Miami and Notre Dame are expected to receive about $200,000 each for their Mirage Bowl appearances, and perhaps as much as $250,000 more per school from television rights. Naturally, all expenses will be paid, and those will run high in a land where a cup of coffee costs $1.25 and a Coke $1.
Japan's sports boom continues merrily on; the initiation fee at Koganei Club, one of the country's top golf courses, now runs to $175,000, and greens and caddie fees at others are as high as $80.
Recently the Cincinnati Reds played 17 games in Japan before an average of 32,000 spectators so Notre Dame playing in Tokyo certainly seems to make sense. Lou Saban, the coach at Miami, says, "It's a great trip and an opportunity for our kids to see parts of the world they'll probably never see again. It is also a kind of status symbol and will certainly help our recruiting." Football fans should prepare themselves for a wildcard team from Japan making it into the NFL playoffs. Probably call itself the Kamikaze Pilots.
BELIEVE IN WORMS
Until two weeks ago Texas and Baylor had met 61 times in college football, with Texas winning 44 games. Ah, but their 62nd meeting will become the stuff of legend. Texas entered the game with a 7-2 record; Baylor was 2-8 but seemingly snake-bitten, having lost its first five games to Georgia, Kentucky, Ohio State, Houston and SMU by a total of 21 points. Oddsmakers established Texas a 12�-point favorite. But in one of 1978's biggest upsets, Baylor won 38-14.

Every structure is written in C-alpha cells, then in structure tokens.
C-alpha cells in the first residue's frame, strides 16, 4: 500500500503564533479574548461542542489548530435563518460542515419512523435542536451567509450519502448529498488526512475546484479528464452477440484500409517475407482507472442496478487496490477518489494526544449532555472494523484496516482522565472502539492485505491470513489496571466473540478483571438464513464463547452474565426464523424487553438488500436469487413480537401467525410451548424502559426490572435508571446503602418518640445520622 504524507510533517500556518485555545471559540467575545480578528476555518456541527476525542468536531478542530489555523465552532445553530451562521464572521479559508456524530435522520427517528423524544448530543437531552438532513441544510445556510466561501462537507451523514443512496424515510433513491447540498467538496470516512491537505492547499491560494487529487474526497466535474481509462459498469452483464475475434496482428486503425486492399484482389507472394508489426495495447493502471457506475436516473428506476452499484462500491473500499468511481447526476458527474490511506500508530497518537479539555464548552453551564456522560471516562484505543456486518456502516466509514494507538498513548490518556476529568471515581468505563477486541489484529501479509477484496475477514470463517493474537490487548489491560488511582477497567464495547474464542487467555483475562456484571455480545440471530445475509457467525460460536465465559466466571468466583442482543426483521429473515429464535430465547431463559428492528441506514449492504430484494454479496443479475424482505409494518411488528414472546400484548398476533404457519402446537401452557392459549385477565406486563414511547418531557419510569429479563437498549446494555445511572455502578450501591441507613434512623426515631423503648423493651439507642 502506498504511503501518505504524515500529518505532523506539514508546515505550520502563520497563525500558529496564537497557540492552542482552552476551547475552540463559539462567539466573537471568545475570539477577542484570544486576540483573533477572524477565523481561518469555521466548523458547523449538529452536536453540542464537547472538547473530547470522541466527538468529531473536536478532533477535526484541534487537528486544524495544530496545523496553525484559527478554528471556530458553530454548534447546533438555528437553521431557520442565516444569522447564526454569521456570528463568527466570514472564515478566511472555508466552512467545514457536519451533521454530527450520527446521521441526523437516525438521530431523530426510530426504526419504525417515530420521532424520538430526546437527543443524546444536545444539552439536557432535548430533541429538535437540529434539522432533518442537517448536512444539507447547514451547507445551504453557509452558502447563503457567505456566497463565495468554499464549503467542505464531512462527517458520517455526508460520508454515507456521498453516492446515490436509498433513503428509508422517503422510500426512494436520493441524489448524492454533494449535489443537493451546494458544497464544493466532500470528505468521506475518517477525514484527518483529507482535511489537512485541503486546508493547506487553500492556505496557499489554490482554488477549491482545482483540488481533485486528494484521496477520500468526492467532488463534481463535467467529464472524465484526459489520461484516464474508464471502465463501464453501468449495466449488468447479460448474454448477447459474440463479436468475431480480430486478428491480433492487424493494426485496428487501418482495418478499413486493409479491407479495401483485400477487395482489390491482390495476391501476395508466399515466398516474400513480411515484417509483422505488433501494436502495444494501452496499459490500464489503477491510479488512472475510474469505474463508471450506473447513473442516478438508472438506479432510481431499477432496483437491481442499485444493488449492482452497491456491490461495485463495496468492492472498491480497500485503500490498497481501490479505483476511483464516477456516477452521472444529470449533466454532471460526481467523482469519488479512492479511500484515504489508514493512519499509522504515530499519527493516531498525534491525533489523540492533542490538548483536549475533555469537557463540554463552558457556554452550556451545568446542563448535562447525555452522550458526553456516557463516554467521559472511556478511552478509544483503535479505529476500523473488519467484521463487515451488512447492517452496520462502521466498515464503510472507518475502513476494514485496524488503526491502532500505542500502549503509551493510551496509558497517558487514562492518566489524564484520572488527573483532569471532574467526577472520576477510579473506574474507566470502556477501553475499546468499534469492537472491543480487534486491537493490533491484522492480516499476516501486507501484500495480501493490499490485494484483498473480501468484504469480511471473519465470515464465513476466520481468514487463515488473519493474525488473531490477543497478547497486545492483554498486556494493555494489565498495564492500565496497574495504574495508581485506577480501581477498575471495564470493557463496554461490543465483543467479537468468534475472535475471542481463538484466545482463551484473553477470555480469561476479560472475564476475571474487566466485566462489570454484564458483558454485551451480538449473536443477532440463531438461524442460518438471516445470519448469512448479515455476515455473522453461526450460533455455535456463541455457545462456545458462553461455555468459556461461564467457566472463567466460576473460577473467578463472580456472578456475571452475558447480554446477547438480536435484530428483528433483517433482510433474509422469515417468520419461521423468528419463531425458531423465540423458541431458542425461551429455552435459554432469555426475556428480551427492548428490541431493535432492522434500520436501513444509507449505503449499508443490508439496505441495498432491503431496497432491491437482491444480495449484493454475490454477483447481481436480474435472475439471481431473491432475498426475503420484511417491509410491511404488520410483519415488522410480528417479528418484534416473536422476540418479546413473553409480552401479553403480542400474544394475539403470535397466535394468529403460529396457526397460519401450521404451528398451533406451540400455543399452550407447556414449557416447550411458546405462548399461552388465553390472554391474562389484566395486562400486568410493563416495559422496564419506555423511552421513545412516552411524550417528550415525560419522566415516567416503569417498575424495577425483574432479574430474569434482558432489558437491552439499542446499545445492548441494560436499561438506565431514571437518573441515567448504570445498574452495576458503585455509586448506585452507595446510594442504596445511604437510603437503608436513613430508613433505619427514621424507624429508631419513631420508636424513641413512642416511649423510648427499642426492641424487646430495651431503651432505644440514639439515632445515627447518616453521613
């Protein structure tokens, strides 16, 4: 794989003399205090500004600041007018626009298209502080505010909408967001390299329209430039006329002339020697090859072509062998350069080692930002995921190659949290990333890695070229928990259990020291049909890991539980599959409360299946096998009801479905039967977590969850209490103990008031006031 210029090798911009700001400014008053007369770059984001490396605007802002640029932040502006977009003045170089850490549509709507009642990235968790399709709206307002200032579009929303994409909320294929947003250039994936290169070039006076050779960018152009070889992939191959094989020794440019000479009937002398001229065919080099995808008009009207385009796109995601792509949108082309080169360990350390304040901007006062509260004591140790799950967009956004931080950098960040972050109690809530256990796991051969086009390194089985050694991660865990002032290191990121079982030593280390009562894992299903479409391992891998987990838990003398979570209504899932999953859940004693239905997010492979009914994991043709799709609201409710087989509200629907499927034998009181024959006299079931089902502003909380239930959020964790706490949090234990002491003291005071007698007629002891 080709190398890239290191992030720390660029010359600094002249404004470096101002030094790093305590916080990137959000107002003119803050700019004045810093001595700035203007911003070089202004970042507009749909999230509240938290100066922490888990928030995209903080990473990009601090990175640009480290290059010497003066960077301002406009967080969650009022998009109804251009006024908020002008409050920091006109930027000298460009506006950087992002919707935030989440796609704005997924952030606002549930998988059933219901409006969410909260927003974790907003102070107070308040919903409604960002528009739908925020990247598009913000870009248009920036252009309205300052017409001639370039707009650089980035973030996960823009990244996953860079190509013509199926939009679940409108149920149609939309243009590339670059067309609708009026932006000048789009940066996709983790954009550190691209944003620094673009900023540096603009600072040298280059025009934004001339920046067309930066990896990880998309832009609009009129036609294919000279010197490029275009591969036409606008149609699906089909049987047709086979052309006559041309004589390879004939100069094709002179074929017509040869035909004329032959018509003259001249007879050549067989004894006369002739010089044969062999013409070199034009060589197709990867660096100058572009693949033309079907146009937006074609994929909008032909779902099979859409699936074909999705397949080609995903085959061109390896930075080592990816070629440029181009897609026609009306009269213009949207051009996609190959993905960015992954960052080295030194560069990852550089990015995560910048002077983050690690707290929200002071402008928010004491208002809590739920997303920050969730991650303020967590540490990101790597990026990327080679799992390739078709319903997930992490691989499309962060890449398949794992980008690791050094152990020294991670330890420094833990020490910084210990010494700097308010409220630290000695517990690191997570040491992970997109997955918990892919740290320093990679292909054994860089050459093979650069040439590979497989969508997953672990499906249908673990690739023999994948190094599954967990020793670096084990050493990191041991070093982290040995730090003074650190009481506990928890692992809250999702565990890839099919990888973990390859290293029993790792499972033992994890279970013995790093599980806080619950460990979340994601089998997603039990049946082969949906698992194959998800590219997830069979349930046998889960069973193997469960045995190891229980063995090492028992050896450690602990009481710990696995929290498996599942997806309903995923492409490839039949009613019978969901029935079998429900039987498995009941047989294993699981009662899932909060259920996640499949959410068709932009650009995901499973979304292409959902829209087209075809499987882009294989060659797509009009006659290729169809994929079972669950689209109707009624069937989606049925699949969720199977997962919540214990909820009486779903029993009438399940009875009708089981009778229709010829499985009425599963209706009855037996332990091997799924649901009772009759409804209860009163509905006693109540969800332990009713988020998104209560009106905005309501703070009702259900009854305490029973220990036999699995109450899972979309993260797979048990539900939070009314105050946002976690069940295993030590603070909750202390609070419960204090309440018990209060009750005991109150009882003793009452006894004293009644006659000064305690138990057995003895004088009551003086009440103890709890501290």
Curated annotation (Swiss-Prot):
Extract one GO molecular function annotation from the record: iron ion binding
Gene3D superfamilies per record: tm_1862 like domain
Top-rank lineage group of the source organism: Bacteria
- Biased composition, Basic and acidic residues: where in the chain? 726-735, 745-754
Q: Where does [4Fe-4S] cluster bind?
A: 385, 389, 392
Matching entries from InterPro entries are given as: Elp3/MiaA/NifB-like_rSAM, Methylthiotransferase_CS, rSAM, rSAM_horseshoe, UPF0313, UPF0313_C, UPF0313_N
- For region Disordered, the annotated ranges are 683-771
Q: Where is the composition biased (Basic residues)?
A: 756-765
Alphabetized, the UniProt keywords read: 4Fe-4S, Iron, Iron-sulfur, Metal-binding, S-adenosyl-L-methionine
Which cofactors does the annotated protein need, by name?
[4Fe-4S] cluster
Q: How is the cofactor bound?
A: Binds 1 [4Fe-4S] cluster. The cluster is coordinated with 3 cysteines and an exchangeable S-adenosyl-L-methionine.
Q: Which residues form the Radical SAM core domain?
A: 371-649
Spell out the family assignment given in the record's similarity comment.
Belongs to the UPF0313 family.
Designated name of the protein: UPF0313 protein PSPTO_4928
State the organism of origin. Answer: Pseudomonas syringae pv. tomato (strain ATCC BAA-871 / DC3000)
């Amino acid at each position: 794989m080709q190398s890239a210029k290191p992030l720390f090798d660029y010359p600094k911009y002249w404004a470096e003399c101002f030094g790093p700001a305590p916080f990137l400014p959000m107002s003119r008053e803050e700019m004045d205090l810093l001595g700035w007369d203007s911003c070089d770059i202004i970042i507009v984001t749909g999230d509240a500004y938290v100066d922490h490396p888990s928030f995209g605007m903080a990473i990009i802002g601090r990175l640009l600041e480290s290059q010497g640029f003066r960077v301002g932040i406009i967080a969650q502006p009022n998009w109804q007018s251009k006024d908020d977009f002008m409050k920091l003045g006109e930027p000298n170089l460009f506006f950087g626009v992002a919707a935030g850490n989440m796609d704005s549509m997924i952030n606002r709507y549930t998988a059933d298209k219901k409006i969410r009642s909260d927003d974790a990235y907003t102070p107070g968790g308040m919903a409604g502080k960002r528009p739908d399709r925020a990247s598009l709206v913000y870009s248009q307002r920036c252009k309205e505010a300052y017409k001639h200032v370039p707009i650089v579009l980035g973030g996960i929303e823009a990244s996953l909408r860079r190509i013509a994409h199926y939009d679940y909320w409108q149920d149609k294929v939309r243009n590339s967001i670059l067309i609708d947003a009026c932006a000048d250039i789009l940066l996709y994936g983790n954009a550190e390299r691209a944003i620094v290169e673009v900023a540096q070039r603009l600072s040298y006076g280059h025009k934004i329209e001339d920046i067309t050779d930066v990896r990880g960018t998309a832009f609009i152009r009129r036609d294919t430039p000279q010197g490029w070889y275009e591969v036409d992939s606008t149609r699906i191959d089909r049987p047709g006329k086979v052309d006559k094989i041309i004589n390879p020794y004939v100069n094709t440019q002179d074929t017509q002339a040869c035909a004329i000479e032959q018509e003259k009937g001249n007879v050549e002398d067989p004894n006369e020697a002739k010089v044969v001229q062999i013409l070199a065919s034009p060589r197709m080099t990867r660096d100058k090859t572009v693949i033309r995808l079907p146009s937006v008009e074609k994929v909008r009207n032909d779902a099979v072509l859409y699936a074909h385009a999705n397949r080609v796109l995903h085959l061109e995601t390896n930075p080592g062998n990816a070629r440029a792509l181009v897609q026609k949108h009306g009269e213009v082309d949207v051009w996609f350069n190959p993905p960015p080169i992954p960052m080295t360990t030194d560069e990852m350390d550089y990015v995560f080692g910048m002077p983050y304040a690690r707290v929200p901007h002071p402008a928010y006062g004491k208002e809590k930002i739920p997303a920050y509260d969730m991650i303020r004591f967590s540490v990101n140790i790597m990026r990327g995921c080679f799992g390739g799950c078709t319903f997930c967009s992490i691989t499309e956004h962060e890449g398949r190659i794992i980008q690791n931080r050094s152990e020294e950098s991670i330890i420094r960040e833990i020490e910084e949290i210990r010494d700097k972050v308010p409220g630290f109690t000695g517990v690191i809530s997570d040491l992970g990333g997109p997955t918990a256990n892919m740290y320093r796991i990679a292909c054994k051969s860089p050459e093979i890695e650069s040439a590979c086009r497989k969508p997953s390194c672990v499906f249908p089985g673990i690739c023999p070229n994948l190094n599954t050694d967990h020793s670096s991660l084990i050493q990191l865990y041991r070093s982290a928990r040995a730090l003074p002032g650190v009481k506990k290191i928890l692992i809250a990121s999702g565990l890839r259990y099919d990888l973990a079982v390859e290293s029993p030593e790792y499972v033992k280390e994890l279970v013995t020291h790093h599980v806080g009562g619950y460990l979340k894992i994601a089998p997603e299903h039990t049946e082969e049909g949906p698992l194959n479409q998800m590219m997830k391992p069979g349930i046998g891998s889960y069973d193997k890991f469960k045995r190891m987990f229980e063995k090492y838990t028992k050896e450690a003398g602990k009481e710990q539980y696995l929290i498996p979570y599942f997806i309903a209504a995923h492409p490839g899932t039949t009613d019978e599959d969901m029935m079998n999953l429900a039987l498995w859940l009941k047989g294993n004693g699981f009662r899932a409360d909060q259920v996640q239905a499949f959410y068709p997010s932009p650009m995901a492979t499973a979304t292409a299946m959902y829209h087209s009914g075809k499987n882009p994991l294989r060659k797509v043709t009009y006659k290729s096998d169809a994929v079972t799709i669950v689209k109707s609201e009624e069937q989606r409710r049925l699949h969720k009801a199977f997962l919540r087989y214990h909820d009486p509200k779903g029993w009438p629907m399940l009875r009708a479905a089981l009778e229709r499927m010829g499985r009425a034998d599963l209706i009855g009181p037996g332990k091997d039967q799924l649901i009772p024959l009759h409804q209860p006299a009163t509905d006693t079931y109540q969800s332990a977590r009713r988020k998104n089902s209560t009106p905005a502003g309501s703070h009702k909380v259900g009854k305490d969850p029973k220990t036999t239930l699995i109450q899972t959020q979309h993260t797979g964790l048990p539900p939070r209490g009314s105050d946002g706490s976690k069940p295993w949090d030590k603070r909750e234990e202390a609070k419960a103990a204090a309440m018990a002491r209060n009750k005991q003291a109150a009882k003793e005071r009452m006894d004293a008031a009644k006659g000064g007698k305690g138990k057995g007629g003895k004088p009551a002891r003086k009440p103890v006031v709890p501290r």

A strange story has now been unearthed about Baylor's win. Coach Grant Teaff, whose autobiography is titled I Believe, started his game day by driving around Waco searching for a worm. He finally located some in a bait store and "chose one about half as big around as my little finger and four or five inches long." Teaff "washed the worm up real good, then put the worm in a vase and put the vase in my pocket." During warmups Teaff looked into the vase, and discovered "the rascal died on me."
Five minutes before Baylor took the field, Teaff told his players a story about two men fishing. One was catching a lot of fish, the other none. Why? Well, the good fisherman explained to his buddy, "I keep the worms warm in my mouth."
Teaff then pulled the worm from the vase and held it up before his players, saying, "I'll be the toughest coach on the field! I'll be keeping the worm warm!" With that he put the worm in his mouth. His team raced onto the field. Before arriving at the sidelines himself, Teaff spat the dead worm out.
Thus far Teaff has not indicated that he will use his worm trick next season, but should he decide to do so, somebody in the English department might remind him of William Spooner's reason for expelling a student: "You have deliberately tasted two worms...and you can leave Oxford by the next town drain."
Rx FOR SUPER-MEX